Robert Cotner, Editor

In 1986, I was traveling in the American West, lecturing on “Auburns, Cords, and Duesenbergs: The Classic Automobile as Art.” I spoke in Portland, OR, and Bellingham, WA, and then I flew to Phoenix, AZ, for a lecture. I had heard about an Arizona State University publication, which contained an essay on ACD cars by a professor in the College of Engineering; so I drove to Tempe to see if I could find him, get a copy of the publication, and talk with him about his article.

Entering the atrium of the College of Engineering, I was confronted with an engraved quotation from Confucius. It froze me in my tracks. I had had nothing in my own cultural experience that came close to its profundity. I wrote it down and have carried it in my mind since that day. It embodies a domain of wisdom I hold dear and would have my grandchildren learn very early and hold long in their minds:

The Ancients who wished to clearly exemplify virtue throughout the world would first set up good government in their states. Wishing to govern well their states, they would first regulate their families. Wishing to regulate their families, they would first cultivate their persons. Wishing to cultivate their persons, they would first rectify their minds. Wishing to rectify their minds, they would first seek sincerity in their thoughts. Wishing for sincerity in thoughts, they would first extend their knowledge. The extension of knowledge lay in the investigation of things. For only when things are investigated is knowledge extended; only when knowledge is extended are thoughts sincere; only when thoughts are sincere are minds rectified; only when minds are rectified are our persons cultivated; only when our persons are cultivated are our families regulated; only when families are regulated are our states well governed; and only when our states are well governed is there peace in the world.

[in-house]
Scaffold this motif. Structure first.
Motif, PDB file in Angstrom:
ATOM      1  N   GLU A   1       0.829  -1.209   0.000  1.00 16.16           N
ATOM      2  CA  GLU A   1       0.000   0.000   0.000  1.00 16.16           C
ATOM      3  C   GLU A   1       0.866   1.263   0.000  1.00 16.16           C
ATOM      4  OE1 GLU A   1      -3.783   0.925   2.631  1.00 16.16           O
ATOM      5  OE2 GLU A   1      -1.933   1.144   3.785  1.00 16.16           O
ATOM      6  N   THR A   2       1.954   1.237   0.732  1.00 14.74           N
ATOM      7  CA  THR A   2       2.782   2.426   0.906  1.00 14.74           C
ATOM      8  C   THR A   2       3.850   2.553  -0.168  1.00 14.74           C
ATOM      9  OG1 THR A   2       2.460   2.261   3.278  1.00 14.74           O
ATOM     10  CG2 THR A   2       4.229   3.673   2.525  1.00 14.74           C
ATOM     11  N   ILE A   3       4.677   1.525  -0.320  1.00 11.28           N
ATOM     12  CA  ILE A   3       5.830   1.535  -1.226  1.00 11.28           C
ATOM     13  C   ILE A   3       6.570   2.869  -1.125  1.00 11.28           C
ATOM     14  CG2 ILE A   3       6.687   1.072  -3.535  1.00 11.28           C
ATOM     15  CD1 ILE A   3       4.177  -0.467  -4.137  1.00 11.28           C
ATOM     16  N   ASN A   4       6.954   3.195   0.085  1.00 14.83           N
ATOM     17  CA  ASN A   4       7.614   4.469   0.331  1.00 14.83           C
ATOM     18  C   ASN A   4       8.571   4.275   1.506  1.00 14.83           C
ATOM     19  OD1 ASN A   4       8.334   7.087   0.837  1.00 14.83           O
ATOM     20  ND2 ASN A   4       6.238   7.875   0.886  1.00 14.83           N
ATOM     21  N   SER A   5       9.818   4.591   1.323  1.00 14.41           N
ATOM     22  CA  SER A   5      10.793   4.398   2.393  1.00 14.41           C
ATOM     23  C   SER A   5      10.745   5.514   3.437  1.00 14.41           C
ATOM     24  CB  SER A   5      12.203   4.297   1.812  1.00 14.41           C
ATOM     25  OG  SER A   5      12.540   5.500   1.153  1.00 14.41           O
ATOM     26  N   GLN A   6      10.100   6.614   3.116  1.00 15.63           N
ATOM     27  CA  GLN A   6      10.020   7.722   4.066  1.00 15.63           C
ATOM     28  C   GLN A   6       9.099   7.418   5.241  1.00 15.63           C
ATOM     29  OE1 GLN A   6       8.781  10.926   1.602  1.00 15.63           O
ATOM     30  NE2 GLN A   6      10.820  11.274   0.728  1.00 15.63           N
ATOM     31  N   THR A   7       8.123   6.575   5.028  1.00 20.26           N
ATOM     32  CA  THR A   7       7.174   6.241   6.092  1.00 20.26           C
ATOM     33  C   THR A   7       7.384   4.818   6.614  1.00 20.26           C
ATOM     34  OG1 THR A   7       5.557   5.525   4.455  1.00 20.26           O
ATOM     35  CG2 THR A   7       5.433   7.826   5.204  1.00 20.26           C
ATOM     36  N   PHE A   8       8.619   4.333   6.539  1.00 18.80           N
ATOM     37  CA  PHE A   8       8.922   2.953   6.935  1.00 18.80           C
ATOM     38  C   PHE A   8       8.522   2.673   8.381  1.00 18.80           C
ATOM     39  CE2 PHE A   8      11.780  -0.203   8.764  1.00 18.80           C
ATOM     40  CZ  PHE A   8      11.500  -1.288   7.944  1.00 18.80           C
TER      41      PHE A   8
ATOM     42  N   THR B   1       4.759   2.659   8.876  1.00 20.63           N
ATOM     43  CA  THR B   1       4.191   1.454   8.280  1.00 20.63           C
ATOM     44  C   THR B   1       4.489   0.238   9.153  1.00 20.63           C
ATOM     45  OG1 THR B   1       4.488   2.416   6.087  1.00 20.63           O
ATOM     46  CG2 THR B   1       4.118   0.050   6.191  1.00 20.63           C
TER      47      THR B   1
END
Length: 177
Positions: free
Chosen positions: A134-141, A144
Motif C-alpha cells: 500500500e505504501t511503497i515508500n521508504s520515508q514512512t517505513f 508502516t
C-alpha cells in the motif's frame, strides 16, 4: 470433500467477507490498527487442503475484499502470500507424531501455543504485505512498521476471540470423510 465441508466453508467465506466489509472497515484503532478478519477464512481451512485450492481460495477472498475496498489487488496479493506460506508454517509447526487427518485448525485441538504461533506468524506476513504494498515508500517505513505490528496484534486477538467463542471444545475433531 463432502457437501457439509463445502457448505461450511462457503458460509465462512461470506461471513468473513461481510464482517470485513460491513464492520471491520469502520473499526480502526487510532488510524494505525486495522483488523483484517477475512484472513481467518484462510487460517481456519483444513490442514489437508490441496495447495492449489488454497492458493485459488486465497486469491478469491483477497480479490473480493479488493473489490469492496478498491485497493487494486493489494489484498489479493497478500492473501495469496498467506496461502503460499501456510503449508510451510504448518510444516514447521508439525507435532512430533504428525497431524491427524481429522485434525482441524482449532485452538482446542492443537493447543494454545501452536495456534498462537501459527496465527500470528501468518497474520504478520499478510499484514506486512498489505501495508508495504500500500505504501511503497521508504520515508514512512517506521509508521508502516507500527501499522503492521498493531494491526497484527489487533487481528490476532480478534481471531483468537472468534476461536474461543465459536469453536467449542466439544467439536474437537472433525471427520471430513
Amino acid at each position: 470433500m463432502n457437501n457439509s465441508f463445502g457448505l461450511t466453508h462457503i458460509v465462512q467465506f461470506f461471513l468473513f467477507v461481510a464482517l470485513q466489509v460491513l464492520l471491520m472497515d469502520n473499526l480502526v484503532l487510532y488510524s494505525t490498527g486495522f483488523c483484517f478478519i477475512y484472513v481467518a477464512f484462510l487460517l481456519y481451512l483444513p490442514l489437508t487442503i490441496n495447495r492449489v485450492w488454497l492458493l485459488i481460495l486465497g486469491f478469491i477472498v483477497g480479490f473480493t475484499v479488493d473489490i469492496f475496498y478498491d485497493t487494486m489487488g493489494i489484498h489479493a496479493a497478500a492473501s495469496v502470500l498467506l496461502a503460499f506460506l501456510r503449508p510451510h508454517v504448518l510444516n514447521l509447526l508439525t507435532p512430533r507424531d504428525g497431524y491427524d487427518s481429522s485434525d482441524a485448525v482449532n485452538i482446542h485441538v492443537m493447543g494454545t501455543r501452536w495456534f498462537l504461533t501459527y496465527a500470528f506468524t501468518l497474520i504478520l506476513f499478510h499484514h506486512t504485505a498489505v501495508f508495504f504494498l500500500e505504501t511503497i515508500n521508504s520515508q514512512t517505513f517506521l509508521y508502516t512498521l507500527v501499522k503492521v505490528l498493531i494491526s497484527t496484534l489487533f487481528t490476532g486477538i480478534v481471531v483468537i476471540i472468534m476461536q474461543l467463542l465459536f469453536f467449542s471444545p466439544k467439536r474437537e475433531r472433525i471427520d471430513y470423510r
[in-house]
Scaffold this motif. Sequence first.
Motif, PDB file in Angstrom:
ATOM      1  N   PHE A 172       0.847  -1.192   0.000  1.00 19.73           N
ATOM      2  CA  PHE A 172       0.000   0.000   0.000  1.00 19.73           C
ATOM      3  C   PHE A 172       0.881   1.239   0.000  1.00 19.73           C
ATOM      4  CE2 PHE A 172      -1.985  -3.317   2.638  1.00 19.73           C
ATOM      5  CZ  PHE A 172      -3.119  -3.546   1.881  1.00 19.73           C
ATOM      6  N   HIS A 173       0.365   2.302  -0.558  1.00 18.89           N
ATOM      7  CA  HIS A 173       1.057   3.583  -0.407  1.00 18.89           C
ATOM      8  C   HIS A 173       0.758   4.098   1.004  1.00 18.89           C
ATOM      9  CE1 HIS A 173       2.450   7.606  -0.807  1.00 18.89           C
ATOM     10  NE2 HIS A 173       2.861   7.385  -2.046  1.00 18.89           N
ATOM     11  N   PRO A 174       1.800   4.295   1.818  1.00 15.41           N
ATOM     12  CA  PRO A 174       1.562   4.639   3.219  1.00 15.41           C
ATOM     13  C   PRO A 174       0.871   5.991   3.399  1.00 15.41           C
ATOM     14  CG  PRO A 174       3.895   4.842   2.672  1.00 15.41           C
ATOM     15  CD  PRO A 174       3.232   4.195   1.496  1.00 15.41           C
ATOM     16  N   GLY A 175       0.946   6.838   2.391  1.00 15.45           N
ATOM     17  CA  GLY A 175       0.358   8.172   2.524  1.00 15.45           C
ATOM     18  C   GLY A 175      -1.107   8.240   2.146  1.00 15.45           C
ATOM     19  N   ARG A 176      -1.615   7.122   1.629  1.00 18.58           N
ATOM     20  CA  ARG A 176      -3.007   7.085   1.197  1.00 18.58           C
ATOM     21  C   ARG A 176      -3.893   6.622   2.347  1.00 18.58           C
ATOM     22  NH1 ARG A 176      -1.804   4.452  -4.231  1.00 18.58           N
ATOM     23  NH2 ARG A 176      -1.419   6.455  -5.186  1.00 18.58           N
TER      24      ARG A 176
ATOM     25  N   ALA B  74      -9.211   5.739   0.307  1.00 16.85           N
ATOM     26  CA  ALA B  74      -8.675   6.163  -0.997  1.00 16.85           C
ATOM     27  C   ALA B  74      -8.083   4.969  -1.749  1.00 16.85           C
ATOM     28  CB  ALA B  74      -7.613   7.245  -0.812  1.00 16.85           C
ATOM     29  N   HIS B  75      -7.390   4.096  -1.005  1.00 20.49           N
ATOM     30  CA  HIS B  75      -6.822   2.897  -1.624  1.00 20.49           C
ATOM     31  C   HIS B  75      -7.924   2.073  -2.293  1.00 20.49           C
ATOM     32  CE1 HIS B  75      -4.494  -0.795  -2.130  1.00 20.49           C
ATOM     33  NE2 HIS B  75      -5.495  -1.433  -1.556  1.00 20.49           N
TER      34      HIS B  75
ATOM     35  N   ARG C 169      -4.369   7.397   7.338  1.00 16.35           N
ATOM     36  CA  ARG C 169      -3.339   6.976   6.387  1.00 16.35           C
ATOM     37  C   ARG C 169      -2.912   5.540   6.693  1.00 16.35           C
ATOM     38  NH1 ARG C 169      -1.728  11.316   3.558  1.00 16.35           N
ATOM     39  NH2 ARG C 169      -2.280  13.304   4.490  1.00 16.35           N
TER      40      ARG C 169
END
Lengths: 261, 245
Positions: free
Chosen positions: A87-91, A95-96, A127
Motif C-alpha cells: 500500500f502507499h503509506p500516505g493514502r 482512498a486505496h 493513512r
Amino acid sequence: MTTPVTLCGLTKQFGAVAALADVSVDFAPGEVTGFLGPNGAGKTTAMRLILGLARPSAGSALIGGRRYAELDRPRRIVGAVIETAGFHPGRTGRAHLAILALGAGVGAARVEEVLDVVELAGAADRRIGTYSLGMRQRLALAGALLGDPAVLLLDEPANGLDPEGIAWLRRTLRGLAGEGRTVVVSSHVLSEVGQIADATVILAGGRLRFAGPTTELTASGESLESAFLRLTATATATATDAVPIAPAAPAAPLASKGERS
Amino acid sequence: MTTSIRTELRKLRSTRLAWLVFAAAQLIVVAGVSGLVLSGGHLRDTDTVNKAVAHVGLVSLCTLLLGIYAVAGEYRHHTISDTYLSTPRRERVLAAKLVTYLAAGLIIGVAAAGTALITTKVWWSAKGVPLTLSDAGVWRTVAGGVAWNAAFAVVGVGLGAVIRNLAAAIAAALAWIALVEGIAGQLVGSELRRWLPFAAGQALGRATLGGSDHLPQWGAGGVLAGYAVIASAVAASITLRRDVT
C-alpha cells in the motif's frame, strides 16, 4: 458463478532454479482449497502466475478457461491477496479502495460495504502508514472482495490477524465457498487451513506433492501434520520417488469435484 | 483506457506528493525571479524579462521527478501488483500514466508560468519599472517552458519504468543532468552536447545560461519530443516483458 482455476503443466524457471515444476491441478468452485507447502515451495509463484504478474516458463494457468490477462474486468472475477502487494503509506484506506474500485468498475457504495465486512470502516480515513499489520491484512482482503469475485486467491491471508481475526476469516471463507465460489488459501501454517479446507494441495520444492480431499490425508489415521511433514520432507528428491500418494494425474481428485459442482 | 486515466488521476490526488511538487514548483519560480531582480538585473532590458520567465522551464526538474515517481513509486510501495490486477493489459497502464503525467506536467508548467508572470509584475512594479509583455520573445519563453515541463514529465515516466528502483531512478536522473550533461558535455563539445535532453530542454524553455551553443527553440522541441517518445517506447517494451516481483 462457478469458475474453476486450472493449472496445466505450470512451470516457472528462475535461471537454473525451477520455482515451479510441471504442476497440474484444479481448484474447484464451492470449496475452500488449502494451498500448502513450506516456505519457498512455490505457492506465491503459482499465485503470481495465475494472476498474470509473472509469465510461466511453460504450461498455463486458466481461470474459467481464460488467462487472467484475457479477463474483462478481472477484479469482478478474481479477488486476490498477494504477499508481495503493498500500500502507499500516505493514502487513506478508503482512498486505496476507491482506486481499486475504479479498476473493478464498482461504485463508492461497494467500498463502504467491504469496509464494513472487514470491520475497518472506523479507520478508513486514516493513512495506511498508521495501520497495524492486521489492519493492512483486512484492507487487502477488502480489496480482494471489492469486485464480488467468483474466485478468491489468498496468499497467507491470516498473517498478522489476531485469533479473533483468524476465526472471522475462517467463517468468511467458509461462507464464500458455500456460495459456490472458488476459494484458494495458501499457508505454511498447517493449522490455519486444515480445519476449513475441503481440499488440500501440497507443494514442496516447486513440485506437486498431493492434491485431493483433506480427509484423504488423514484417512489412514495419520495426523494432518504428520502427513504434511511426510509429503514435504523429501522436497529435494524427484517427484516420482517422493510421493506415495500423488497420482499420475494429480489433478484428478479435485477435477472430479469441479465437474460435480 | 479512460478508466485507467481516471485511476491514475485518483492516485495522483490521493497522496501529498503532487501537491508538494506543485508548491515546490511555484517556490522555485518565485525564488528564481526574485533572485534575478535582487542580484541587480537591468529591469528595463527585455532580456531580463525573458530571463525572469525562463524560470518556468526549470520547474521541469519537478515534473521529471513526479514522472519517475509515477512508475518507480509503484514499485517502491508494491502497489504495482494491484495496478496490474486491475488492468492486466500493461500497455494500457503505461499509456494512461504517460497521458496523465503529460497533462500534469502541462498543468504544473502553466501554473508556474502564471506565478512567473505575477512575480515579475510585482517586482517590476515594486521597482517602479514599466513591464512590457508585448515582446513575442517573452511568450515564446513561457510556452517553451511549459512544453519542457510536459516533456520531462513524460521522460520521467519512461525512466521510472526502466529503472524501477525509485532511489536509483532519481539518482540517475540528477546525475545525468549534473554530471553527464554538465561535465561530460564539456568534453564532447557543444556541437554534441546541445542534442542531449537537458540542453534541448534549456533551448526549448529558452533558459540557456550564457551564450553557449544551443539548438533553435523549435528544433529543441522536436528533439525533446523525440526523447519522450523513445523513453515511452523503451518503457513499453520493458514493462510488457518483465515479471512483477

I am reminded that the word craft comes from the Anglo-Saxon word cræfte, meaning strength, power. And I am aware of the enclaves of crafts people I have known, who exhibit in and through the community of their craft-performance the elemental unity of strength, which has made America the vital power of the world it has become and is today. It is the fusion of the endeavors of the mind and the efforts of the hand, in harmony with family and community, working toward the commonweal — the common good — of all, which brings peace in the wider purview.

I think of the Amish community in Shipshewana, IN, a few miles from where I grew up, in which spiritual strength and social empowerment , emanating from crafts of all sorts, a natural part of daily life, propel people in a remarkably unique direction. The Amish may be our finest example of the fulfilment of the Buddhist ideal expressed in Confucius’ statement — there is great irony in that thought.

I think of the knife-making community in Ellenville, NY, which I came to know when I was director of the National Knife Museum in Chattanooga and editor of The National Knife Collector magazine in the early 1980s. Under the leadership of the Baer family, the craftsmen of the Shrade Cutlery forge strength through the commonality of their efforts.

The book-arts community in and around Northampton, MA, stands, it seems to me, as another contemporary enclave, which, in its own remarkable way, demonstrates the dual power of cræfte and guild. No wonder this is known as the “happy” valley!

We, as book collectors, in significant ways, share in and extend the communal power of such communities. We take things — such as William Caxton’s 1477 Canterbury Tales, Shakespeare’s 1623 First Folio, Dr. Johnson’s 1755 Dictionary, a 1962 signed copy of Robert Frost, or an edition from Double Elephant Press — and allow the investigation of them to permeate and penetrate our being, our society, our world.

There is a potential here hinting at perspicacity beyond what is immediately obvious. We would do well to remember this.

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